Announcing an incentive to encourage sugar mills to divert the commodity towards ethanol making, the government on Friday said it will allocate a quantity of sugar that is sacrificed for ethanol production for monthly domestic sales along with the regular quota from this month onwards. The government has been fixing the mill-wise monthly sugar quota since June 2018 in order to maintain the demand-supply position of sugar in the country, stabilise ex-mill prices of the sweetener and ensure sufficient availability for domestic consumption.
The sugar quota is fixed on the basis of stocks held by them, export performance and diversion of sugar to ethanol. In a statement, the Union Food Ministry said, "...incentive on sugar sacrificed for producing ethanol from B-heavy molasses/sugarcane juice/sugar syrup/sugar has been doubled from October 2021 onwards in their monthly release quota." This has been done with a view to encourage sugar mills to divert excess sugarcane/sugar to ethanol and to achieve targets of blending ethanol with petrol in line with the 'Ethanol Blended with Petrol program', it said.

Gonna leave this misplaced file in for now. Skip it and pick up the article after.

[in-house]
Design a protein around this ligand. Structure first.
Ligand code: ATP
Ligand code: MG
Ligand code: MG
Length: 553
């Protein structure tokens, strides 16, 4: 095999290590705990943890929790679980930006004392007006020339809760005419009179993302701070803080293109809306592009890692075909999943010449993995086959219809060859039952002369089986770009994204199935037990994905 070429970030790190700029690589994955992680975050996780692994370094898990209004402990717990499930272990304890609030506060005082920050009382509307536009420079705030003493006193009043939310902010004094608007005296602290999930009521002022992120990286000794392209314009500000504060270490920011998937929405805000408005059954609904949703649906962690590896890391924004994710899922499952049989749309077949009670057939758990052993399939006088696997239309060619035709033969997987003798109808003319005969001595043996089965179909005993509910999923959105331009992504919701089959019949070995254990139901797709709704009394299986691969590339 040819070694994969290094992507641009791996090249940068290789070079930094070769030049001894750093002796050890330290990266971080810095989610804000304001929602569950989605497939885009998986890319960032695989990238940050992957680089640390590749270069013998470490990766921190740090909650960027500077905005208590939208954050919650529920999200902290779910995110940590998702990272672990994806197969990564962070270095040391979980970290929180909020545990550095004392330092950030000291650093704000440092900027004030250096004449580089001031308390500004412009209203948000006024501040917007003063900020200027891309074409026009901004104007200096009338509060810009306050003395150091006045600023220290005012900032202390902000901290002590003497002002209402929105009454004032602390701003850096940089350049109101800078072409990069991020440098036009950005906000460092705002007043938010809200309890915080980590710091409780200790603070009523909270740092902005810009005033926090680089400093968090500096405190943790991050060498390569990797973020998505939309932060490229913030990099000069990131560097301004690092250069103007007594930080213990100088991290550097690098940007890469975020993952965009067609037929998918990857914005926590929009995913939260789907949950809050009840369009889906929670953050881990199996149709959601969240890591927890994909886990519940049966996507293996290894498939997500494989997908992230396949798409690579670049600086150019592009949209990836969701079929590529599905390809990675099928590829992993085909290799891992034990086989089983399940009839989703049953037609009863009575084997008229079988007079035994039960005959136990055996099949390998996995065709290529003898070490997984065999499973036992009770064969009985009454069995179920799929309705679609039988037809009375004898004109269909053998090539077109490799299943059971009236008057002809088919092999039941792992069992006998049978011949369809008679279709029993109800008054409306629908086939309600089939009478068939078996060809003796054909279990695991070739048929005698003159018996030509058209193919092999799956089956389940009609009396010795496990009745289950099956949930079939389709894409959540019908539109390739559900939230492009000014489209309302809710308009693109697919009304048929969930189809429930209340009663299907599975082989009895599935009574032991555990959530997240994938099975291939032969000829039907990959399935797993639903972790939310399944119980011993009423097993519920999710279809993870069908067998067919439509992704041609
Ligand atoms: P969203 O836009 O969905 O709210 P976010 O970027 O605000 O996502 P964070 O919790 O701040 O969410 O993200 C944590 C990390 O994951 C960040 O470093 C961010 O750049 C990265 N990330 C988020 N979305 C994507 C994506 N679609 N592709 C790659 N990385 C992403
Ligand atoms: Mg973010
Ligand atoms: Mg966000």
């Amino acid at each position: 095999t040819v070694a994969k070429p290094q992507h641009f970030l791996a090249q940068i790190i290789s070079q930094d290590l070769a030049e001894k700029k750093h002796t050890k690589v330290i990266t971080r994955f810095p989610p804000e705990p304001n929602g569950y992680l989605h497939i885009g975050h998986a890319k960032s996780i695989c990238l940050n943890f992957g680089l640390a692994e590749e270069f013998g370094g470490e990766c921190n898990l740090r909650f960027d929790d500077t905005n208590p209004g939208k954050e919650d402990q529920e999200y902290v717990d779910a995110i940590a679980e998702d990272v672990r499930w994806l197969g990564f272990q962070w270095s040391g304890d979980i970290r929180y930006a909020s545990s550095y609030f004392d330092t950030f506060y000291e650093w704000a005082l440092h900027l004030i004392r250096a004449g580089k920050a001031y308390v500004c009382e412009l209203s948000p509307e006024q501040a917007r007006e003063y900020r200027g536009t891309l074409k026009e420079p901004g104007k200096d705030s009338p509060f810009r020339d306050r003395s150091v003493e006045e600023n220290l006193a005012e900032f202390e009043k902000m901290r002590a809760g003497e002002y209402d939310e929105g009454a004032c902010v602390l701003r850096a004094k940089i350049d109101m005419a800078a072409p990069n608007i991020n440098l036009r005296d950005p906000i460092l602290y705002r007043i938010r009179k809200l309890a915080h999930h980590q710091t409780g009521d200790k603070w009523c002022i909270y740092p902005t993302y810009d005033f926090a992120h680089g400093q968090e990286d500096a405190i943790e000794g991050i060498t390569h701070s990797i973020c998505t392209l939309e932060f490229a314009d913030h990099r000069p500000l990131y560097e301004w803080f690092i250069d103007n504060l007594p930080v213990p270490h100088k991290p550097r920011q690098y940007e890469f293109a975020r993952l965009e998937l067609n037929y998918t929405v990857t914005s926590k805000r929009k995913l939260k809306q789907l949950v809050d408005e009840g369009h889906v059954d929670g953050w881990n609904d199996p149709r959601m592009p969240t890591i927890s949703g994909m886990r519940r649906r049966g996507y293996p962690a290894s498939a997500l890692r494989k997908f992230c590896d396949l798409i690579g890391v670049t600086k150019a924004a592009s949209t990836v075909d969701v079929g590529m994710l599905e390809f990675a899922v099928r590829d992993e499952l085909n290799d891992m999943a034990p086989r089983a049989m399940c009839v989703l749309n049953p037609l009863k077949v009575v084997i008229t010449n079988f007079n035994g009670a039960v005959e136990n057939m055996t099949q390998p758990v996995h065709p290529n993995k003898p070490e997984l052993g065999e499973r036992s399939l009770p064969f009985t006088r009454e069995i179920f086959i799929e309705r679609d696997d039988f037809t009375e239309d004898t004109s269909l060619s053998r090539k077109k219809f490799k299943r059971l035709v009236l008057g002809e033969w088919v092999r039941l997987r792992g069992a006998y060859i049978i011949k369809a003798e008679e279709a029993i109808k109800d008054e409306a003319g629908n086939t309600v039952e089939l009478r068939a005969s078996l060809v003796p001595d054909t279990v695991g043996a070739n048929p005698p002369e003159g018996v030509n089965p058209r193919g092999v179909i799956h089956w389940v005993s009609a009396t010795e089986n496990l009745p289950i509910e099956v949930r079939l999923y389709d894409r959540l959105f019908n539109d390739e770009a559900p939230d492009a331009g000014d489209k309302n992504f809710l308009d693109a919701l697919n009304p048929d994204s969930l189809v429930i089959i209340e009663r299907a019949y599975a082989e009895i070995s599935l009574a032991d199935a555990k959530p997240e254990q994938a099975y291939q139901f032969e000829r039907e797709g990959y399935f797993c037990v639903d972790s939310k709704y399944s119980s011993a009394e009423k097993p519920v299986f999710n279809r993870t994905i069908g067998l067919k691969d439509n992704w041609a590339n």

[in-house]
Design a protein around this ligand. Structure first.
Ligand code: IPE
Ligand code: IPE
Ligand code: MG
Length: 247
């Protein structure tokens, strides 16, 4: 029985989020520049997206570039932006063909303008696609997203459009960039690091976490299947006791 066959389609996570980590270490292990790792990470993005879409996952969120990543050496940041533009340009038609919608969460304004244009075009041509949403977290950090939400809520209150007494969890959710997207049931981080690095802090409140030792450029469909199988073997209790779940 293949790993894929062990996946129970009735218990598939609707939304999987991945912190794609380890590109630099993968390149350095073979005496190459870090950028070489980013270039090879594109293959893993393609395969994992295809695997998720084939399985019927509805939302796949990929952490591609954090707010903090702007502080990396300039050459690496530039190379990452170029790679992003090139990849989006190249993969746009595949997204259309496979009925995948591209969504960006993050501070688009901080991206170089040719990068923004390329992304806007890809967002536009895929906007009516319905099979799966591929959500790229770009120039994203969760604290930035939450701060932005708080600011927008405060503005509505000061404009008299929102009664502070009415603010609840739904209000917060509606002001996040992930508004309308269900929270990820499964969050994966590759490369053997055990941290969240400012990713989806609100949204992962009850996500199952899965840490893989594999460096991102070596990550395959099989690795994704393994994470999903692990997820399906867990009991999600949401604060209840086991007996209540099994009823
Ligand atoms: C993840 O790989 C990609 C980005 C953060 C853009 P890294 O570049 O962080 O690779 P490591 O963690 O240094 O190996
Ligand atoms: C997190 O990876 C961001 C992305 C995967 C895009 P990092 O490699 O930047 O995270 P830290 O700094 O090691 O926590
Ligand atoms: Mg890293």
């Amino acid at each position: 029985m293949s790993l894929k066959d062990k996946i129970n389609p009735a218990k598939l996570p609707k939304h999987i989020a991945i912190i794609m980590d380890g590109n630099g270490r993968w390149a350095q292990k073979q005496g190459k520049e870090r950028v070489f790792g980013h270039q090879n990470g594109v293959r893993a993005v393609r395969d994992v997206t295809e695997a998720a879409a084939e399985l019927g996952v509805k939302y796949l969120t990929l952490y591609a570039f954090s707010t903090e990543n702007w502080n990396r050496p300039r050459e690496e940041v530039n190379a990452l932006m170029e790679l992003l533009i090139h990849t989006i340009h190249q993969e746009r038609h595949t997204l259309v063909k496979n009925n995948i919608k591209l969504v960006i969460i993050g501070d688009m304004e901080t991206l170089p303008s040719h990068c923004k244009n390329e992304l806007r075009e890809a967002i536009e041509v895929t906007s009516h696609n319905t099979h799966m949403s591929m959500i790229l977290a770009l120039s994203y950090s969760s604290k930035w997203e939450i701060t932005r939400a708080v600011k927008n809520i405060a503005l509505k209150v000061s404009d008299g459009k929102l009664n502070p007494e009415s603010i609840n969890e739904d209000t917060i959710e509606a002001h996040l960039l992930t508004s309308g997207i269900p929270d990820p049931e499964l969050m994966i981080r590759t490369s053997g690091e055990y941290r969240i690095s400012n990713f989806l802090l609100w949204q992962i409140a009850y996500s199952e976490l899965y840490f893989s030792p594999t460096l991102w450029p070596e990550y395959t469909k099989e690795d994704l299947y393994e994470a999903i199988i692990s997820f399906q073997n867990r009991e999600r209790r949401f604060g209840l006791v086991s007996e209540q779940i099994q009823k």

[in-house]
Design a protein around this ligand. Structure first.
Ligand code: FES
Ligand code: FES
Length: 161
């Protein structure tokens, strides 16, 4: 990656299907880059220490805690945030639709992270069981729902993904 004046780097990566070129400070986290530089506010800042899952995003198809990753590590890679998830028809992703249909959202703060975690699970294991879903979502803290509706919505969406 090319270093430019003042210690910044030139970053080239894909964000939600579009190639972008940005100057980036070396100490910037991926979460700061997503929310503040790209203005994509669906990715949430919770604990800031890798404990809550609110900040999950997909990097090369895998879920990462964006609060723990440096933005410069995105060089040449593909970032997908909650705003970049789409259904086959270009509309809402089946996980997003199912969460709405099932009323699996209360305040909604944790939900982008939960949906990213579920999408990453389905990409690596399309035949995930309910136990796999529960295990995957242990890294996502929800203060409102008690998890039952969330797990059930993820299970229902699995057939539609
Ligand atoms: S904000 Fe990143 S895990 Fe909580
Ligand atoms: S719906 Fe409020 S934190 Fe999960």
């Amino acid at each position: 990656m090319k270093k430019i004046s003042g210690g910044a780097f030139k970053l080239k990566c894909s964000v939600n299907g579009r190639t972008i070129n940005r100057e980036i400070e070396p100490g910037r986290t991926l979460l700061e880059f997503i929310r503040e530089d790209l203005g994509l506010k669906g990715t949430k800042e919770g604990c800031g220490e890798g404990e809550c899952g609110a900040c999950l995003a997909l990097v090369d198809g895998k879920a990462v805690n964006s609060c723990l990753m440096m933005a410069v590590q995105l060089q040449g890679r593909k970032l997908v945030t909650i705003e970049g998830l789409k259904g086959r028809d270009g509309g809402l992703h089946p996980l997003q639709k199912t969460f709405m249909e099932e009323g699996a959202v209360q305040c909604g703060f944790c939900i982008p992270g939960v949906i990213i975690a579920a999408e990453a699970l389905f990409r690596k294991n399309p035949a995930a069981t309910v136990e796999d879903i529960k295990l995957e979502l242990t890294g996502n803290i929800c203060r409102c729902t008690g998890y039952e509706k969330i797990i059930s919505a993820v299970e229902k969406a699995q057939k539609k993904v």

"Now, those sugar mills -- which will be diverting sugar to ethanol
-- would be getting the entire quantity of sugar sacrificed on producing ethanol from B-heavy molasses/sugarcane juice/sugar syrup/sugar in their monthly release quota," it added.
The Centre is taking several steps for the diversion of sugar to ethanol. In order to find a permanent solution to address the problem of excess sugar, the government is encouraging mills to divert excess sugarcane to ethanol. A target of 10 percent blending of fuel-grade ethanol with petrol has been fixed for 2022 and 20 percent blending by 2025.
In a separate notification, the ministry has allowed 558 mills to sell 24 lakh tonne of sugar
in October, which is higher by 1 lakh tonne in comparison to the quota allocated in the year-ago period. Also, an extension of 30 days to sell the unsold stocks of September has been announced. The country's annual sugar production is around 32-33 million tonne, against the domestic consumption of 26 million tonne.